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Problem with misaligned wall


Ignis's Avatar
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Join Date: Sep 2009
Posts: 33
NY

10-15-09, 09:57 AM   #1  
Problem with misaligned wall

First, a little of my background. I am a relatively new homeowner. I am not the handiest person, but I am willing to learn and try.

Ok, so here is my best description of my situation.

The original house had a family room which was open to an entry foyer. So, if each "X" denotes a wall and each "_" denotes an open access way, the relevant corner of the family room looked like this from above.

_ _ _ X X X X X
X
X
X
X
X

Ok, so the prior owner decided to close off the family room and install a pocket door. "D" shows the door.

X X D D X X X X
X
X
X
X

When I removed all the paneling I realized that the 'new' wall (added by the prior owner surrounding the pocket door) does not line up with the original wall. The prior owner did not sheetrock the 'new' wall. He installed paneling directly onto the studs and it lines up perfectly with paneling installed over the sheetrock on the original walls. This is what the picture looks like, but I don't think it really helps capture the situation.



So, if I now sheetrock the new wall it will be offset from the sheetrock of the original wall. (We had planned to simply paint the walls and put new sheetrock where needed.)

So, now my best plan seems to be either (1) install sheetrock over existing sheetrock over the original wall to line up with sheetrock on new wall, or (2) remove all the sheetrock and attach something to the studs of the original wall to bring them out even with the new wall.

The existing sheetrock and any new sheetrock are both 1/2 inch.

Pros and cons of either plan? Suggestions?

Thanks.

 
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Mr. Fix It's Avatar
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Join Date: Oct 2009
Posts: 34

10-15-09, 07:15 PM   #2  
The road to hell was paved with good intentions.

The guy that built the wall did it right for him. I can only imagine that you wife is bugging you to get rid of the paneling and redo the drywall.

They are silly like that sometimes.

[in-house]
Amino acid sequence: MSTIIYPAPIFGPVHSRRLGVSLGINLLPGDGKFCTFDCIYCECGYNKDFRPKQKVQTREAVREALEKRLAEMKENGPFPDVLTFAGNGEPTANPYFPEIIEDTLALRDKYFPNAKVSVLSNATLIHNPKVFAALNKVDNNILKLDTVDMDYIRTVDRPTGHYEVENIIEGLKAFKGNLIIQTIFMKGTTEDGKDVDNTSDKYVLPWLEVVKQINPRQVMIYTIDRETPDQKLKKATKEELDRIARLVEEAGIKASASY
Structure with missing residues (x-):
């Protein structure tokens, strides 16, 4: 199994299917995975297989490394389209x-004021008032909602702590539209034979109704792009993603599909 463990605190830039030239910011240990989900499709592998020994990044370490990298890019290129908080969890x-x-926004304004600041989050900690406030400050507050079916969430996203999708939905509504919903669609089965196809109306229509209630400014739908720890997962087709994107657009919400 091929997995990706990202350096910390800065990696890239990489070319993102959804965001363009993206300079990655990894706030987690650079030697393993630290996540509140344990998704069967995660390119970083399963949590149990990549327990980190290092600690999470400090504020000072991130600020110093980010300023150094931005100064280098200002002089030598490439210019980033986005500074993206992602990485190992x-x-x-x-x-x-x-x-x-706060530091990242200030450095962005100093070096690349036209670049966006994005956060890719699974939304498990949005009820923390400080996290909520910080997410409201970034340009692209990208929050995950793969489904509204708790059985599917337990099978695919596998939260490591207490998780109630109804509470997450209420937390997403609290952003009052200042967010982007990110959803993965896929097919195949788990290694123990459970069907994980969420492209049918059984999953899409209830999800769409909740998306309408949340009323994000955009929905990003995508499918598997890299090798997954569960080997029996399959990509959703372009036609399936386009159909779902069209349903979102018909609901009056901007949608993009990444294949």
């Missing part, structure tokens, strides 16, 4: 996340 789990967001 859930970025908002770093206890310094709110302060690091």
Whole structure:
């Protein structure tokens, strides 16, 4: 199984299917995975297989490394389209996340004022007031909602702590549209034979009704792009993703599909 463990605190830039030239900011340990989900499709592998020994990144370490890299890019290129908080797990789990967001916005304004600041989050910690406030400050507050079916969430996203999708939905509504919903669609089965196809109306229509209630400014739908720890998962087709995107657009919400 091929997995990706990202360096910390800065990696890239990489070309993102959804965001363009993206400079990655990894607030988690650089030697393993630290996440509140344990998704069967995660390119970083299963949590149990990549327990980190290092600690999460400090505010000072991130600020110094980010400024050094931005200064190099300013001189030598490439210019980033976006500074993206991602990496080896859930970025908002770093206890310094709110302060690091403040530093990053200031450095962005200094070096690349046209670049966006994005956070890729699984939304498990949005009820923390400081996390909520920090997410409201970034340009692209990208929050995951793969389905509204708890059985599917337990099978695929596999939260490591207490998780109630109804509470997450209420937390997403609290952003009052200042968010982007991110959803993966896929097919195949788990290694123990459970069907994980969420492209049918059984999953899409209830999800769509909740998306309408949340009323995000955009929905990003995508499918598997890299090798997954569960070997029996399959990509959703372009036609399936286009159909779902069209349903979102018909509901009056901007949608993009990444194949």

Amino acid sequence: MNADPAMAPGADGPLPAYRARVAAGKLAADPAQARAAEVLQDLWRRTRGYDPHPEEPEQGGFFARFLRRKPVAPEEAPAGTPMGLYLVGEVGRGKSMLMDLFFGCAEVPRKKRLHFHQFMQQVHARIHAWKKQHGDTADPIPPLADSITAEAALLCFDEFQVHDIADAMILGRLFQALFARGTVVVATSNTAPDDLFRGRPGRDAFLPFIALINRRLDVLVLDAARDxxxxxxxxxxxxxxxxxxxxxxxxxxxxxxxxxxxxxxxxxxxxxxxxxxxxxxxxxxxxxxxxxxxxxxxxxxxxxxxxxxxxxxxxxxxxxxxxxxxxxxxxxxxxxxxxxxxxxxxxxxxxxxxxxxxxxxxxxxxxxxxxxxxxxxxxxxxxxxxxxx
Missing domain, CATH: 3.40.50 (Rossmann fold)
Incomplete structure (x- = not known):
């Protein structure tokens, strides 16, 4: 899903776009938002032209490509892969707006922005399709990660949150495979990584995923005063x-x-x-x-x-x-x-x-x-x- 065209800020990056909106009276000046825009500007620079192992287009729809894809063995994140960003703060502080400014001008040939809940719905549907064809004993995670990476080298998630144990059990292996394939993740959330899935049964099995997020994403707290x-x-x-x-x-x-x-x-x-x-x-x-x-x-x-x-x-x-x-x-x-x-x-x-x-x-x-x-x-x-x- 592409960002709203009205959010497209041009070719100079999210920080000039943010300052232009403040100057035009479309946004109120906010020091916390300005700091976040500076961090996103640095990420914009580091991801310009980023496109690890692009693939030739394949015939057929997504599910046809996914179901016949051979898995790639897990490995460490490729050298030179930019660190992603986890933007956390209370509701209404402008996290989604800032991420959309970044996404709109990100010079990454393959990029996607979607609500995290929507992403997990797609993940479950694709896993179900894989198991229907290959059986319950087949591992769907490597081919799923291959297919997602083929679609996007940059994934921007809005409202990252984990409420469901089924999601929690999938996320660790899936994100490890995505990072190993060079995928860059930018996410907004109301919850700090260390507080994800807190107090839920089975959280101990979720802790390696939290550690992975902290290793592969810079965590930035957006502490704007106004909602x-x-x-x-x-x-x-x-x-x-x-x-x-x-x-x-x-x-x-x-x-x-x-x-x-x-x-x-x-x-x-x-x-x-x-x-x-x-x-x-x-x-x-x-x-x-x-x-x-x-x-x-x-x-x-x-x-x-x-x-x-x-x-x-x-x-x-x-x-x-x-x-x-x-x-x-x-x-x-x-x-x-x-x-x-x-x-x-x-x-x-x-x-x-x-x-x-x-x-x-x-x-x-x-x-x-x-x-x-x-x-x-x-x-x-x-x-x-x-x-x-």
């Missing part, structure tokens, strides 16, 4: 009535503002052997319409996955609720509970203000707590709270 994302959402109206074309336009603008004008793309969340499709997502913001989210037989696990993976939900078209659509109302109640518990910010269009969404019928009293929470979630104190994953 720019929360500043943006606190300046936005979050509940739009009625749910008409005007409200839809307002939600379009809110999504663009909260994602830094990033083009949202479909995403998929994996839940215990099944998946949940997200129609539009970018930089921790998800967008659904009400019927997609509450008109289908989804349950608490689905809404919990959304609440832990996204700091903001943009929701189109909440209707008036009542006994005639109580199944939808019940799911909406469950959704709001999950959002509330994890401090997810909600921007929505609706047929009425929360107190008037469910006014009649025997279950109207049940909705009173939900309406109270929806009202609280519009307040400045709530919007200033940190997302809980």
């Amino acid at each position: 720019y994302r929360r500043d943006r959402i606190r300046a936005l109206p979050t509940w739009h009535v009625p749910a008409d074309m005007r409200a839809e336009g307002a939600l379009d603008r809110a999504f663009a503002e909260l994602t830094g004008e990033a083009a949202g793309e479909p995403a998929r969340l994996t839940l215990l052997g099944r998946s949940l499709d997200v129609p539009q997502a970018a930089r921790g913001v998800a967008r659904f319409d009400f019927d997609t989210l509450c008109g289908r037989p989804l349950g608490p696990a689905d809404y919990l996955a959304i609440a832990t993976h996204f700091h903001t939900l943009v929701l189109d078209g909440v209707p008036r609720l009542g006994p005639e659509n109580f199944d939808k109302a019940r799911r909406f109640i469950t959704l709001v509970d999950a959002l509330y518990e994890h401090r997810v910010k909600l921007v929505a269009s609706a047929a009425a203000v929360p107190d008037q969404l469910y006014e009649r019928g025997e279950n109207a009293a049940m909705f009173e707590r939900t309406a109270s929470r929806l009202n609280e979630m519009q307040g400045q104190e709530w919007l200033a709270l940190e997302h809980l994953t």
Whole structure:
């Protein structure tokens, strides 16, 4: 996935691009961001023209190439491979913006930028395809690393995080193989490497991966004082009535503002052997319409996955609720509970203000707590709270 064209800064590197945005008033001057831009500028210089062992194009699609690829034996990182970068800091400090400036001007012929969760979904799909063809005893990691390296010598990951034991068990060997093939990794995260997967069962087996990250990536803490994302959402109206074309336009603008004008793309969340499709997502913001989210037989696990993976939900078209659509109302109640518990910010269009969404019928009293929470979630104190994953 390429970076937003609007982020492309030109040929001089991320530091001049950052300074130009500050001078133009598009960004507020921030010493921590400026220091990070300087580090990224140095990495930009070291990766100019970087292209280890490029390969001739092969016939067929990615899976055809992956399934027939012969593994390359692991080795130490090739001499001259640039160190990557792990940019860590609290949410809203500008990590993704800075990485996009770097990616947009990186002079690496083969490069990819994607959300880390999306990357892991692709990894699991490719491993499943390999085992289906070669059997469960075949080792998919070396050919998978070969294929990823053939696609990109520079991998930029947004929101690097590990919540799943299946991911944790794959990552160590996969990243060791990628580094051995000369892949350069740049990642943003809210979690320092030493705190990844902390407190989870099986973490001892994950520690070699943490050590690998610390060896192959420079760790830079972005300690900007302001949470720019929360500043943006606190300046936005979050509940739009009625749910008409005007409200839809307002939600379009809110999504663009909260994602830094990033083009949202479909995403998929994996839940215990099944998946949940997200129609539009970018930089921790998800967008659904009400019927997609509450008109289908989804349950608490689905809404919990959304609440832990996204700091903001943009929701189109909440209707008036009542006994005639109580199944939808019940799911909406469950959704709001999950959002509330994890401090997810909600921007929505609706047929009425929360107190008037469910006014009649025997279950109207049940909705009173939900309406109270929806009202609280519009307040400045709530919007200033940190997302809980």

Mike Holmes has a old saying, the carpenter forgot 3 things.
His level and his square and his common sense.

Usually when a carpenter does something like this it is for a reason - although I can't see it.

Usually when a homeowner wants to change something, it is for a reason, maybe the wall allows more noise then you would like.

It's not something hard to fix, but you are going to need a bunch of tools to do the job and some common sense.

A square and a 6 foot level and a circular saw and a drill and a nut driver and a drywall T square and some drywall tools and a lot of patience. Rome wasn't built in a day.

The first thing that has to happen is to take down the paneling and do a reveal. Then you can see if they nailed the studs to the floor and the ceiling or if they screwed them.

Most lazy contractors takes the easy way out and uses the air nailer for everything. After all - they aren't going to live there and it only has to be good long enough for them to get out of the house - once they have been paid, you aren't going to see that contractor ever again.

If it is screwed, you can just take the screws out and move everything and rebuilt it.

Be sure not to just take a sawzall to the wall. There might be issues with the electrical or the HVAC inside of the wall. You never know what you are going to get into until you open it all up.

 
Ignis's Avatar
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NY

10-16-09, 05:43 AM   #3  
Ok, so that would be a third possibility I had not considered.

I had not thought about why the prior owner did it this way. Thanks for prompting me to think of that. I think that the reason the wall was built as it was is because intersecting the wall is another wall with a doorway pretty close to the intersection. That extra half inch might be enough to put the trim around the door in the space where the two walls meet.

A diagram to display this perpendicular wall: